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John Chapter 9 Continued

John 9:17 "They say unto the blind man again, What sayest thou of him, that he hath opened thine eyes? He said, He is a prophet."

In the last lesson, we closed with the Pharisees being of different opinions. Some believed He was of God, and some did not. Now they want the blind man to settle this argument for them by telling them who Jesus is.

The blind man does not know. He realizes there is something supernatural about Jesus, so for a better explanation, he calls Him a prophet.

People throughout the ages have been willing to admit that Jesus was a prophet, because they, too, realize that He had more power than anyone they had ever known. The truth is that Jesus Christ was God the Word, God the Son.

Until we realize that Jesus was God the Word, who took on the form of flesh and dwelt among us, we will be like this blind man who called Him a prophet. We will not know the fullness of Him until we realize that He is, was, and always will be Immanuel, God with us.

While the blind man saw clearly that Jesus was more than a mere man, the sighted but obstinate Pharisees were spiritually blind to that truth (see verse 39). Blindness in the Bible is a metaphor for spiritual darkness, i.e., the inability to discern God or His truth.

John 9:18 “But the Jews did not believe concerning him, that he had been blind, and received his sight, until they called the parents of him that had received his sight."

These particular Jews had not seen this miracle take place. They did not even believe that the man had been blind before. Now they are badgering the man who had received his sight.

They wanted some solid evidence that he had really been blind, so they call for the man's father and mother. They knew they were not capable of restoring sight to the blind, so they believed that this could not be.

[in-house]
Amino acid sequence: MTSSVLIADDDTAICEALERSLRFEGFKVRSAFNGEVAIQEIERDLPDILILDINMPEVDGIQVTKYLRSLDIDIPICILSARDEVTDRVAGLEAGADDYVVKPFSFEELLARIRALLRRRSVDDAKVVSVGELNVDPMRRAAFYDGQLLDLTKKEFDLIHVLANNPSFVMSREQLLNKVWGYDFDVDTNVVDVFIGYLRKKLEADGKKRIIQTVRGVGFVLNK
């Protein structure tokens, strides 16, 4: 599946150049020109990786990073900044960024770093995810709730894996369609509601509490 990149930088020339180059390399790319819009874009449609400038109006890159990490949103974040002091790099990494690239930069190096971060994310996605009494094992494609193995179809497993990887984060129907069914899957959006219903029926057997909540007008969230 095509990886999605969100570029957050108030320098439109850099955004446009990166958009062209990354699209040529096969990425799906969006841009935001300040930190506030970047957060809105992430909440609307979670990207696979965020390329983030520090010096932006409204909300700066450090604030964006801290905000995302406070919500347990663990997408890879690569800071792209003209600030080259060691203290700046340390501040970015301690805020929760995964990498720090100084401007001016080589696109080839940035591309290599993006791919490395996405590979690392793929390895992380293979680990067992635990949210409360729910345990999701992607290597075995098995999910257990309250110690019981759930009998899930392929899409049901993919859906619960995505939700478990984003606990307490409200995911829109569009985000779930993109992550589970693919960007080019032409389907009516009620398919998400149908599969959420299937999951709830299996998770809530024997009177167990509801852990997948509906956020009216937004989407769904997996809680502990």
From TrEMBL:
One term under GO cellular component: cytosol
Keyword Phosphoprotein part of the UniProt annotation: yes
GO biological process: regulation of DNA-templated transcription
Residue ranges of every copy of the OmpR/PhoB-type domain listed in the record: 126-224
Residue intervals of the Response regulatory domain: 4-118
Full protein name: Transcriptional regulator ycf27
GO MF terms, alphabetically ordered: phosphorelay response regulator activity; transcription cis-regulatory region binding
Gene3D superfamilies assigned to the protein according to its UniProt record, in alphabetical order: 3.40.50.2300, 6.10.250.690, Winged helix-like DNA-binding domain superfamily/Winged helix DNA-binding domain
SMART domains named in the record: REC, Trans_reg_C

While neighbors may have been mistaken as to the man’s identity, the parents would know if this was their own son. The authorities considered the witness of the healed man worthless.

John 9:19-21 "And they asked them, saying, Is this your son, who ye say was born blind? how then doth he now see?" "His parents answered them and said, We know that this is our son, and that he was born blind:" "But by what means he now seeth, we know not; or who hath opened his eyes, we know not: he is of age; ask him: he shall speak for himself."

These parents were reluctant to say too much, because they feared the Jewish leaders. They say ask him. Let him be responsible for whatever has occurred. They even add that he is of age. The

Jews first want to know if this is really their son. If he is their son, they want to hear the parents say that he was blind from birth. If even this is true, then they want to know how he can now see.

The parents were probably not there when he received his sight. It looks to me like they should have been proud to give credit to whomever restored their son's sight. We see in verse 22, why they were reluctant to say.

John 9:22-23 "These words spake his parents, because they feared the Jews: for the Jews had agreed already, that if any man did confess that he was Christ, he should be put out of the synagogue." "Therefore said his parents, He is of age; ask him."

To an Israelite, about the worst thing that could happen to him was that he would be banished from the synagogue. I cannot imagine the pain of a parent with a child born blind however. It seems to me that my joy over a blind child that could now see would be so great, that it would diminish my fear of having to leave the synagogue.

If this son is truly of age, then they have suffered twenty years or more knowing their son could never see. I cannot imagine their reluctance to praise Jesus for this miracle.

John 9:24 “Then again called they the man that was blind, and said unto him, Give God the praise: we know that this man is a sinner."